The Right Coast

February 03, 2005
Hollywood wrong about Gladiators
By Tom Smith

Were Roman gladiators martial artists who fought demonstration matches again and again, and not to the death? That's what this article in the last New Scientist says, based on some archeological evidence.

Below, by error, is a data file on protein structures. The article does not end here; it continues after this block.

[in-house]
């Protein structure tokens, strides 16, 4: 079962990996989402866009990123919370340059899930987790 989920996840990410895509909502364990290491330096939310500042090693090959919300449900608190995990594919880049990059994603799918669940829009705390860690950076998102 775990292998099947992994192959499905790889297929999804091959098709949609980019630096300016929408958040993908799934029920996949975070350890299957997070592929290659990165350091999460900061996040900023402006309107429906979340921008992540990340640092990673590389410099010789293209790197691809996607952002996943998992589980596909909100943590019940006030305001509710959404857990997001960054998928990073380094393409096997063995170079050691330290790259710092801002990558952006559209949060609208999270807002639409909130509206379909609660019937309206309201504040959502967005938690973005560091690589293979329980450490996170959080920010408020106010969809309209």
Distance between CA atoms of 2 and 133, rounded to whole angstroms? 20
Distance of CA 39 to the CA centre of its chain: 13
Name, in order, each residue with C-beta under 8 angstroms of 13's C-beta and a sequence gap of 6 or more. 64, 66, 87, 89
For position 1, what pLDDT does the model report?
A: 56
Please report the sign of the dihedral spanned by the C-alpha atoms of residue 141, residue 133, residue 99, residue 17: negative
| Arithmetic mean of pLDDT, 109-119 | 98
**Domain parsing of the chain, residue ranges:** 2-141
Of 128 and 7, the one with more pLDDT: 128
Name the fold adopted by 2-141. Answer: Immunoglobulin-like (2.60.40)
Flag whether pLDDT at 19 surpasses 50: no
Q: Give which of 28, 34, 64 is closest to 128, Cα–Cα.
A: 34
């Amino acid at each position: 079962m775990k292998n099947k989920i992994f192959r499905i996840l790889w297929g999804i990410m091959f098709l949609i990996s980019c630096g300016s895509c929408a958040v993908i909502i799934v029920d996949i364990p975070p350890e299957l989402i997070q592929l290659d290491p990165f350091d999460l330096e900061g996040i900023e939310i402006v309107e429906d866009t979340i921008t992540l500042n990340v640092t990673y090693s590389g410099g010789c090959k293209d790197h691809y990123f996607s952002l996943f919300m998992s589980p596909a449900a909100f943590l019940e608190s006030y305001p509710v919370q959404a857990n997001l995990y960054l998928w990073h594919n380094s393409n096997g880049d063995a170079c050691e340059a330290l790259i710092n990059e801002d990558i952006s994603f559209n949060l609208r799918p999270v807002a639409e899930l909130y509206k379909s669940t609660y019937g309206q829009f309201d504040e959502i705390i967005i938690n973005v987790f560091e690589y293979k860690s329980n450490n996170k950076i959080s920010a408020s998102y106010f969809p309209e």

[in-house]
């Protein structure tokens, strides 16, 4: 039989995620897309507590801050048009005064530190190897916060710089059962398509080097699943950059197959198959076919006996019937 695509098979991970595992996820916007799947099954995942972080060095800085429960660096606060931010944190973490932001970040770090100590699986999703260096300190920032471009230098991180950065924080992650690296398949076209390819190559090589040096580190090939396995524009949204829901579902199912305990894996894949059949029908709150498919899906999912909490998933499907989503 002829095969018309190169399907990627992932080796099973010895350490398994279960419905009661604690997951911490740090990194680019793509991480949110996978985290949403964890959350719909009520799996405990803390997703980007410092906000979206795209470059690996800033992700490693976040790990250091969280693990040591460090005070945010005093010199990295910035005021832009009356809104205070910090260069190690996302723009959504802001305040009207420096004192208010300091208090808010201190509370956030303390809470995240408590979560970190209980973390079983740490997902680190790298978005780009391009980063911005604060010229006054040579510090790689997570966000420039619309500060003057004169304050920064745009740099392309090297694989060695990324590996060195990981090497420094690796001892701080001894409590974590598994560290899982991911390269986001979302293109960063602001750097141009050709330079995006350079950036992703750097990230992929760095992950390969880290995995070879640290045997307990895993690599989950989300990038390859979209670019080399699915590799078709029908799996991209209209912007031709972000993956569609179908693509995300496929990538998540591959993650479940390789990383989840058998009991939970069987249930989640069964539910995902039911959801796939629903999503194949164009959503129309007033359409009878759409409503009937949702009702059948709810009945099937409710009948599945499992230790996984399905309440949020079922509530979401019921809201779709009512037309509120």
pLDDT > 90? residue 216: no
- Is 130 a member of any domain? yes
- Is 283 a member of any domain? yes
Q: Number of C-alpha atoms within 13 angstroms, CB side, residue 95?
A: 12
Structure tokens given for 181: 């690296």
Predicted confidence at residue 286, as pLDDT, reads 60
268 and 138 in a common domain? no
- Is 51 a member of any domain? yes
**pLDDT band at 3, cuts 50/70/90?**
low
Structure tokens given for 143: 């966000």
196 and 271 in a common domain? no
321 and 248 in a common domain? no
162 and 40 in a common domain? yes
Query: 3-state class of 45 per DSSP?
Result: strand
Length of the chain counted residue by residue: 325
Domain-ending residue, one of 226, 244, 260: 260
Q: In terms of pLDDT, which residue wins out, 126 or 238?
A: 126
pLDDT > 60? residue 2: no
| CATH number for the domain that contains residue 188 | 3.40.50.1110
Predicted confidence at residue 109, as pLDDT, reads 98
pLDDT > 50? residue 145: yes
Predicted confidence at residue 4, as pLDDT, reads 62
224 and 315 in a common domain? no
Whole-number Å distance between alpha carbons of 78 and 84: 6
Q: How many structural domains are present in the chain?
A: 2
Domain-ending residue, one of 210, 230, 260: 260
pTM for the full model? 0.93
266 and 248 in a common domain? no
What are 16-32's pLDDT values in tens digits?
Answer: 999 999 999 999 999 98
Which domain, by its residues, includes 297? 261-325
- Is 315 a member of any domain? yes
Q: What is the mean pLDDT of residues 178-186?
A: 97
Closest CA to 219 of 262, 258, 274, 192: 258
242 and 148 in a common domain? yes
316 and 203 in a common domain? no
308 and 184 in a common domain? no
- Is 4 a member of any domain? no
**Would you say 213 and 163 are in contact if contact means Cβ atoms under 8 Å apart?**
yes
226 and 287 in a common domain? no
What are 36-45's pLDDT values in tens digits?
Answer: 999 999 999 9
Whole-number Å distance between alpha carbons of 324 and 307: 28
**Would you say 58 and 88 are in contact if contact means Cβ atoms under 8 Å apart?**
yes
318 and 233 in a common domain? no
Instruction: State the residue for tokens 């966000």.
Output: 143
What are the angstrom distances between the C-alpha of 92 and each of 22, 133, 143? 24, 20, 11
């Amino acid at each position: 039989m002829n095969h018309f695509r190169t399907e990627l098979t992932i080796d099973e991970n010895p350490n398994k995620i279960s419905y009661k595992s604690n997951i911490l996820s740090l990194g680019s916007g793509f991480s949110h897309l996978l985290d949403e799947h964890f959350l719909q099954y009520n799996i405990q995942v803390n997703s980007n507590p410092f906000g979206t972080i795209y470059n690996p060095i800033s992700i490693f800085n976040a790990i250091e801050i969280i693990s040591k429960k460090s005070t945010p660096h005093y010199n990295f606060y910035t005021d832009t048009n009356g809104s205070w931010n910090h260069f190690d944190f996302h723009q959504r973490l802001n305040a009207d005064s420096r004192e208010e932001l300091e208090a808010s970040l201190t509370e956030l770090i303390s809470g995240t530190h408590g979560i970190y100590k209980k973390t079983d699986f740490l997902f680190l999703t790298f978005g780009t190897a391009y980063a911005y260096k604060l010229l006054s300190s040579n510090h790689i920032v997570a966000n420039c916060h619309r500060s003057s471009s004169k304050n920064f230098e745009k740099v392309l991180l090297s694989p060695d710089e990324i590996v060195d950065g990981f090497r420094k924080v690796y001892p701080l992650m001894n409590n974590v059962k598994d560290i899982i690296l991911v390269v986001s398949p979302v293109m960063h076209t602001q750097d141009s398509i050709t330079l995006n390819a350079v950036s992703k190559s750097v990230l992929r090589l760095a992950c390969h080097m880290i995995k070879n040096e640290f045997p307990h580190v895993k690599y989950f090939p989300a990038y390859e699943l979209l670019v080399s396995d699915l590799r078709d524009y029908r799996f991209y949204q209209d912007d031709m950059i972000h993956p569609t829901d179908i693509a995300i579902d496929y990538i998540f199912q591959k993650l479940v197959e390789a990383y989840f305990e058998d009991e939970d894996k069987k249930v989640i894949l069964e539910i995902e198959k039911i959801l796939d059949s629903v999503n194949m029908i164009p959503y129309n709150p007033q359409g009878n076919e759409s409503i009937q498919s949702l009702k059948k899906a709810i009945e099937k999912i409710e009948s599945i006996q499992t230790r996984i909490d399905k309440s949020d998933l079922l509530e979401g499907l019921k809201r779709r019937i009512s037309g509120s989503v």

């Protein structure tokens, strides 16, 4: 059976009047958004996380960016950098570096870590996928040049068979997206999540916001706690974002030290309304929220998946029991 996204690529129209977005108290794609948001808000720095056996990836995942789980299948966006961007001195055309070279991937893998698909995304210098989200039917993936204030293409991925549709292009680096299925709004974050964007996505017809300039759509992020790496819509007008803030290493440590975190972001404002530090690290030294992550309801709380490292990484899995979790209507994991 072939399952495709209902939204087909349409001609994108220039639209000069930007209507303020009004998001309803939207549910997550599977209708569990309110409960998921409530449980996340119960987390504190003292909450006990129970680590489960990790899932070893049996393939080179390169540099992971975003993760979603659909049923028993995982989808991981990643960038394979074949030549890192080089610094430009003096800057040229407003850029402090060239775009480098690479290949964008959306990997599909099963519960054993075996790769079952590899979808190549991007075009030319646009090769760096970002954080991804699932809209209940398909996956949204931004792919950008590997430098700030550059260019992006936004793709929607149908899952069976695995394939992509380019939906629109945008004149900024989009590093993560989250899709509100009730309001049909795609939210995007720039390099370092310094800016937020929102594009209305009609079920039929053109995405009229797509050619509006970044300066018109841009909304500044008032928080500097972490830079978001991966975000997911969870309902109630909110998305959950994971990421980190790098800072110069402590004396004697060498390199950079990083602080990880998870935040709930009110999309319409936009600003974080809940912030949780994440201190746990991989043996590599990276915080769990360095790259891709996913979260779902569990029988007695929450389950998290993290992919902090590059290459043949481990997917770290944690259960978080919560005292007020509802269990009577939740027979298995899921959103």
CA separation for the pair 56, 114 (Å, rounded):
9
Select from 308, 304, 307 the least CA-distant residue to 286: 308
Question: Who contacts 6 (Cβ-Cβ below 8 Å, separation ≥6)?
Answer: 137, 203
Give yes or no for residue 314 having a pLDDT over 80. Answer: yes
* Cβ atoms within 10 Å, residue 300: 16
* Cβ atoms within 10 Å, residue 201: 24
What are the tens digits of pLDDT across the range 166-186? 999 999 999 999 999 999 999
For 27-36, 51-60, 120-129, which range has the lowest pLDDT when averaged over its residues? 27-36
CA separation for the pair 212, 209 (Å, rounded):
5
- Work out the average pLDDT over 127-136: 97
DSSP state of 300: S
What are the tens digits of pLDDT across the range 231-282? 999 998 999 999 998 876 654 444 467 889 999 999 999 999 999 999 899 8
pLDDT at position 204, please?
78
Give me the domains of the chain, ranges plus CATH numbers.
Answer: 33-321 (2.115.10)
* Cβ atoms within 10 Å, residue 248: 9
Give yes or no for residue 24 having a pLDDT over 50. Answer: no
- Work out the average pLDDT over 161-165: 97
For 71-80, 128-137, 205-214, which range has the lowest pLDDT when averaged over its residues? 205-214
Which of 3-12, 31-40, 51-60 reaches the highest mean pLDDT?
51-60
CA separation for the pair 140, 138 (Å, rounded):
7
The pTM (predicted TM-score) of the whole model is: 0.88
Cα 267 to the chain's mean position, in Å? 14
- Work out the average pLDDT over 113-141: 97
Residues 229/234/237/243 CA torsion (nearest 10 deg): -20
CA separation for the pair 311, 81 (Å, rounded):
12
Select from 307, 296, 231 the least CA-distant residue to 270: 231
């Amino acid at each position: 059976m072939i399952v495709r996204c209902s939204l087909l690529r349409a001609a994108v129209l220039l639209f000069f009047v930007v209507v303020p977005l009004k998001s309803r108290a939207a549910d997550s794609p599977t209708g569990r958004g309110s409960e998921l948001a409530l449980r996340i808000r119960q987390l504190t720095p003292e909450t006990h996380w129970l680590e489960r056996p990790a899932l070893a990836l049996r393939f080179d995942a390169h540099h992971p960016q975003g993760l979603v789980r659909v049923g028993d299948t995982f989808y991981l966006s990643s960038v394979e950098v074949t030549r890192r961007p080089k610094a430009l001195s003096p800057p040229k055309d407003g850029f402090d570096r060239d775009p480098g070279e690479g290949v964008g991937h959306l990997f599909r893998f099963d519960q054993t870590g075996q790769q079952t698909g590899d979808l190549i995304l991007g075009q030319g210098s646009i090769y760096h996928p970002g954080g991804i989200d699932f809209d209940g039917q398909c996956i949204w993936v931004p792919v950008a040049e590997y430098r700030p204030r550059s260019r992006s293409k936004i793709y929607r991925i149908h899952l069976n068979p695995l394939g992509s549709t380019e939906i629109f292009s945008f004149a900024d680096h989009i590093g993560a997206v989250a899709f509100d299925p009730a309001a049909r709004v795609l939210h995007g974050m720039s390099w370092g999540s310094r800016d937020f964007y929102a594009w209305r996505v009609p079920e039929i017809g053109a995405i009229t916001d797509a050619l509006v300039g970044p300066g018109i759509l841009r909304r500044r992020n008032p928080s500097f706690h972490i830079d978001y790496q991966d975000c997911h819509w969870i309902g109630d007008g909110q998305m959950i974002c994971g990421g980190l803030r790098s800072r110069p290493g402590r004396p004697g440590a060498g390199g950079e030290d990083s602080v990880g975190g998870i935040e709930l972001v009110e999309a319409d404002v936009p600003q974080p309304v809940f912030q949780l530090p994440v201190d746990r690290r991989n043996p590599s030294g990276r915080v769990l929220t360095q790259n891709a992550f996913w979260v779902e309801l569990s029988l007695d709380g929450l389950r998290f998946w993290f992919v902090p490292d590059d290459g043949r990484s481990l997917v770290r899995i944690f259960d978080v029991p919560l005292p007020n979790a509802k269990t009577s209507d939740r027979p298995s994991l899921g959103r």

I have been planning a more elaborate post about American professional wrestling, but I might as well make my main point here in brief form. Like many people interested in martial arts, I viewed professional wrestling for many years as a perversion and an abomination. But I now realize that view was somewhat simple minded. The truth is, all fighting arts exist on a continuum between practicality, sport and display. Pure combat training is what you want to save your life in battle, but it not as fun to do, or as fun to watch, as more sport oriented arts. Even supposedly no-holds-barred fighting, such as UFC, have rules that prevent such tactics as eye gouging and biting, that can permanently disable fighters, who, after all, promoters want to fight again. Similarly, some of the most effective tactics in a real fight are boring to watch, such as riding a mount on an opponent until he gives up from exhaustion. UFC had to change its rules to exclude this effective, but audience boring tactic. So, in truth, short of the real, brutal thing, the human equivalent of dog fighting, rules are imposed to make fights more entertaining to watch. So-called professional wrestling is just the extreme end of that spectrum. It is all entertainment and display. It's not for me, but it is on the same spectrum as the most Zen like kung fu match. The connection here, of course, is that even gladiators (perhaps) did not fight no-rules fights to the death. Why? Because, counterintuitively to some, matches to the death with no rules would be less fun to watch than displays of elaborate techniques and stunning physical prowess, not to mention much more expensive and difficult to manage.